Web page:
State budget deal includes relief for Maricopa County

A view of the Maricopa County Administration Building, 301 W. Jefferson St. in Phoenix. (Photo by Maricopa County)

Maricopa County supervisors expressed gratitude to the governor and Arizona lawmakers May 3 for a budget that frees counties of many of the financial burdens passed onto them since the Great Recession.

Since 2008, mandated cost shifts or direct contributions to the state of Arizona have cost Maricopa County more than $300 million.  The state budget deal eliminates or phases out most of those cost shifts.

Steve Chucri

“The tide has turned,” Chairman Steve Chucri, District 2, said in a release.

“I applaud Gov. Ducey, Speaker Mesnard, Senate President Yarborough and everyone who agreed with our position that, to build a better Arizona, counties must be fully supported.”

During the recession, counties helped the state by absorbing losses of revenue once allocated to counties (highway, lottery funds) and paying for certain services controlled by the state (juvenile corrections, department of revenue), according to the release.

Yearly costs to Maricopa County were as high as $30 million.  With the new budget, mandated cost shifts or direct contributions to the state will drop to approximately $4 million by fiscal year 2021.

“At the end of the day, the state should be paying their bills and we should be paying ours,” Vice Chairman Bill Gates, District 3, said in the release.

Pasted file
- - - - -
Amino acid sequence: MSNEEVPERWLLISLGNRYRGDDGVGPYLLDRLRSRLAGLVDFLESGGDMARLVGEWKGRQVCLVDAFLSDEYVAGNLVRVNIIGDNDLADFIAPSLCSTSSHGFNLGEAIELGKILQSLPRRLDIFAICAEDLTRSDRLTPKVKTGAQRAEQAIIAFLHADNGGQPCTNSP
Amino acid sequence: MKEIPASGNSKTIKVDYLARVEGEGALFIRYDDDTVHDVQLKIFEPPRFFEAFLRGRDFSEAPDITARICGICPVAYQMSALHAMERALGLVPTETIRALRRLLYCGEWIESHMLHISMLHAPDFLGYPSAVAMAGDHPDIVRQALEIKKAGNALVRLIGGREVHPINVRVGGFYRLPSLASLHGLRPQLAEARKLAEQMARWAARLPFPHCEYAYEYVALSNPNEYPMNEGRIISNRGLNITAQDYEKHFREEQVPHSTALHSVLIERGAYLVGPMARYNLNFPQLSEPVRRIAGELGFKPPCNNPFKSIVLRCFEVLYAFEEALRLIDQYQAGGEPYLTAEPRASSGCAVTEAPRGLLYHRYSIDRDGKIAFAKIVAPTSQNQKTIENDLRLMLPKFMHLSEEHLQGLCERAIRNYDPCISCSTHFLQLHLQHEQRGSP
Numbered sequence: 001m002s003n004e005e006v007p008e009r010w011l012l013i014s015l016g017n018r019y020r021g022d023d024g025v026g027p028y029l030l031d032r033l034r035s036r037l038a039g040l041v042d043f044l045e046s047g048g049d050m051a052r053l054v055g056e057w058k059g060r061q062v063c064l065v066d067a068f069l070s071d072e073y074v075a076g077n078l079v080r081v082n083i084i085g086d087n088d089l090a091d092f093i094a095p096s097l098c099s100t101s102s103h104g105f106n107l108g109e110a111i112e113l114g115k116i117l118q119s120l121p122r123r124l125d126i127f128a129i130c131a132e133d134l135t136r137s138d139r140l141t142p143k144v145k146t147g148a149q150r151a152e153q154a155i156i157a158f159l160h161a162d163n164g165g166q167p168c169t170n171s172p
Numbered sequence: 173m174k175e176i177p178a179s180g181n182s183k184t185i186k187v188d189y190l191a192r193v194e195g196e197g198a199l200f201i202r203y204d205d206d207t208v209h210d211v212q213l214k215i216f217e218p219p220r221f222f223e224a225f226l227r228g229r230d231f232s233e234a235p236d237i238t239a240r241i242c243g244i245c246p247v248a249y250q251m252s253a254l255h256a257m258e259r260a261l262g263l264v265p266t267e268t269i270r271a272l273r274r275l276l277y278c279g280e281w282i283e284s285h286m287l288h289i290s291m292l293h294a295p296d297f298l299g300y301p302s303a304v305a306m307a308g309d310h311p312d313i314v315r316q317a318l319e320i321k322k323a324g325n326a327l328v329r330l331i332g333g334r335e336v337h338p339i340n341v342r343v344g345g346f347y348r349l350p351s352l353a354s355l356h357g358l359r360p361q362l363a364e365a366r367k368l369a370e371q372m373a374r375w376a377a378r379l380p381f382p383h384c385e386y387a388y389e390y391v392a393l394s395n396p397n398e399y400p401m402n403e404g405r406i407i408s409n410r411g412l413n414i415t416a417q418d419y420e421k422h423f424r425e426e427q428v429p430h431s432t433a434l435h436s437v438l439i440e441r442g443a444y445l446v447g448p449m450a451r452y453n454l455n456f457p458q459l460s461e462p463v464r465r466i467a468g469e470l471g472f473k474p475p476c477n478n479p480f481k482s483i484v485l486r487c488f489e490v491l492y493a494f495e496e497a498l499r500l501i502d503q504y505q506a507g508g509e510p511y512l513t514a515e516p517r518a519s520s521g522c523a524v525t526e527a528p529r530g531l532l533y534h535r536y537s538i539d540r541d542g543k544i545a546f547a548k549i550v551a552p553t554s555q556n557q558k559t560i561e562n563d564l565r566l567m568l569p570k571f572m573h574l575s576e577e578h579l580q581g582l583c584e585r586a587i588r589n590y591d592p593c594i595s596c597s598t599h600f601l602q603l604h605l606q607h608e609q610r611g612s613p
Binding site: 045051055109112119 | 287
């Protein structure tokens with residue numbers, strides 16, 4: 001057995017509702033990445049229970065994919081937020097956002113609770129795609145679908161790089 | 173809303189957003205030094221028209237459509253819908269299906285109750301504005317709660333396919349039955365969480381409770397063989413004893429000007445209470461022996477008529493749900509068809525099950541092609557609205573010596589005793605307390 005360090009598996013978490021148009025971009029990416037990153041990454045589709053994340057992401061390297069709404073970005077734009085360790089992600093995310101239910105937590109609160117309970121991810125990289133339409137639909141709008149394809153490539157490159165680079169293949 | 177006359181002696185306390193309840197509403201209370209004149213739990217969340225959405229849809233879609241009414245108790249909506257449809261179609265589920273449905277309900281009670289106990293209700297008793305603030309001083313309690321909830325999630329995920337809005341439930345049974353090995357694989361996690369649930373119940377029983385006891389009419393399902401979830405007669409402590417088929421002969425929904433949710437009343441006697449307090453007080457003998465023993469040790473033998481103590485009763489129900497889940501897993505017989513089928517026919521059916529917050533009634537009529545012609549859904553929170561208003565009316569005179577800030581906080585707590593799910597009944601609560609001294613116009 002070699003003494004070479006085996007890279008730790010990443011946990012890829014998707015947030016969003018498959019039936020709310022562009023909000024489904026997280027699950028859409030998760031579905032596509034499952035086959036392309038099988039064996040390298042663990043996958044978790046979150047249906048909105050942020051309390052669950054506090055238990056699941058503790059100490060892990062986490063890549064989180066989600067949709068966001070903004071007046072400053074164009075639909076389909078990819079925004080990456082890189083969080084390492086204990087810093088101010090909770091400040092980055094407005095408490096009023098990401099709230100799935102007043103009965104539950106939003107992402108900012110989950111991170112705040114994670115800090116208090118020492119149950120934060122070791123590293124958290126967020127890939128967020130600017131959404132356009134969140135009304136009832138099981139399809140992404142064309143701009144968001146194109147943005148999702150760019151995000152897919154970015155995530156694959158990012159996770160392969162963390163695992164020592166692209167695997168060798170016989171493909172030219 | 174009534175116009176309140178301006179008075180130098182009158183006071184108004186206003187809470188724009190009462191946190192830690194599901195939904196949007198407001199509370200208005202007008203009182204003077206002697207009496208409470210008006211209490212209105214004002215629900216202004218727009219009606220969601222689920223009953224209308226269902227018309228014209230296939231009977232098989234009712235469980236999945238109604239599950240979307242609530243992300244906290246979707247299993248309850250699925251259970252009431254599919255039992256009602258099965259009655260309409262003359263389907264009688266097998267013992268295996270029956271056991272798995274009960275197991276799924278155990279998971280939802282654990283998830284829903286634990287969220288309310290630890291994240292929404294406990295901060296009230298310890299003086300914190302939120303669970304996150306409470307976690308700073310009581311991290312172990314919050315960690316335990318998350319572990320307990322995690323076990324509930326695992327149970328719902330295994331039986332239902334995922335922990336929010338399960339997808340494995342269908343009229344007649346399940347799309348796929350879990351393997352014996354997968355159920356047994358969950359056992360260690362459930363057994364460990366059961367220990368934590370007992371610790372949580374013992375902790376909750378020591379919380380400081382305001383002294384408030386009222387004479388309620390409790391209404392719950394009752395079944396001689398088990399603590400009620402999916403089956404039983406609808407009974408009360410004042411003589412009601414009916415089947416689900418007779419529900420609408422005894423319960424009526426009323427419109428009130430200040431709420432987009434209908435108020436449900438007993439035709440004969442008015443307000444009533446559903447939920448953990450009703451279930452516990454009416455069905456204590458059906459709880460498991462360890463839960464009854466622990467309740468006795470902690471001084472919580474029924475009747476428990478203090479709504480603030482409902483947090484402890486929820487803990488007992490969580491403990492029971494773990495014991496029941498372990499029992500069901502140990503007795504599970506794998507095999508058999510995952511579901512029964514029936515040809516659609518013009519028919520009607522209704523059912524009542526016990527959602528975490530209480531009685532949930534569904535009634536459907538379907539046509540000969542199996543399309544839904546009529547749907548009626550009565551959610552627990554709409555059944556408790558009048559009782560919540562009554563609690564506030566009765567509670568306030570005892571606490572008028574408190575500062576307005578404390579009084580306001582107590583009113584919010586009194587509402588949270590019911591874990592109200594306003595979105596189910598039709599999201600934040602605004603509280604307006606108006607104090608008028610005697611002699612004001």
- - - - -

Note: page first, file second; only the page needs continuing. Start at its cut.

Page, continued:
“I want to thank state lawmakers for doing what is right for counties and their constituents at a time when it might have been easy to just maintain the status quo,” he said.

One major cost to Maricopa County has been paying 100 percent of the salaries of Superior Court judges.  Every other Arizona county splits the cost of those salaries 50-50 with the state.  Maricopa County’s burden will drop to 75-25 in fiscal year 2020 will match other counties’ 50-50 split in fiscal year 2021.

Clint Hickman

“All we’ve asked is to be treated the same as everyone else,” Supervisor Clint Hickman, District 4, said in the release.

“I’m especially grateful to Sen. Rick Gray who helped convince his colleagues that singling out Maricopa County to pay more just because of our size isn’t fair,” he said.

“Passing on costs to counties was never a sustainable, long-term budget solution,” Supervisor Denny Barney, District 1, said in the release.

“I’m grateful to the governor and the leadership in the House and Senate for eliminating most of these temporary county cost shifts.  All of us on the board are hopeful this trend will continue,” he said.

The Queen Creek Independent is mailed each month to 35,000 homes.

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